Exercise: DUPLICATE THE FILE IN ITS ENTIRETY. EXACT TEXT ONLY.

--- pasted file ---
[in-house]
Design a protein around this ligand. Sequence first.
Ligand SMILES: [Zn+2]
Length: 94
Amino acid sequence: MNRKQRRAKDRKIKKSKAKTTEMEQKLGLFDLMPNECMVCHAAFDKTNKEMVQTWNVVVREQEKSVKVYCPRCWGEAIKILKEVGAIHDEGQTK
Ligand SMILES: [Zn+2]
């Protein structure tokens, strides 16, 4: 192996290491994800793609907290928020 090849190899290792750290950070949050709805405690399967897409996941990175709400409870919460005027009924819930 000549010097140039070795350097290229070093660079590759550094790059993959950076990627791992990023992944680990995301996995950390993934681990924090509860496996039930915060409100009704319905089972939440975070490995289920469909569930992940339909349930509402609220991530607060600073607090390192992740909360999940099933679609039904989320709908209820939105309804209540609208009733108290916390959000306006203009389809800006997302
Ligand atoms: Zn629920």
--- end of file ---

[in-house]
Design a protein around this ligand. Sequence first.
Ligand SMILES: [Zn+2]
Length: 94
Amino acid sequence: MNRKQRRAKDRKIKKSKAKTTEMEQKLGLFDLMPNECMVCHAAFDKTNKEMVQTWNVVVREQEKSVKVYCPRCWGEAIKILKEVGAIHDEGQTK
Ligand SMILES: [Zn+2]
């Protein structure tokens, strides 16, 4: 192996290491994800793609907290928020 090849190899290792750290950070949050709805405690399967897409996941990175709400409870919460005027009924819930 000549010097140039070795350097290229070093660079590759550094790059993959950076990627791992990023992944680990995301996995950390993934681990924090509860496996039930915060409100009704319905089972939440975070490995289920469909569930992940339909349930509402609220991530607060600073607090390192992740909360999940099933679609039904989320709908209820939105309804209540609208009733108290916390959000306006203009389809800006997302
Ligand atoms: Zn629920």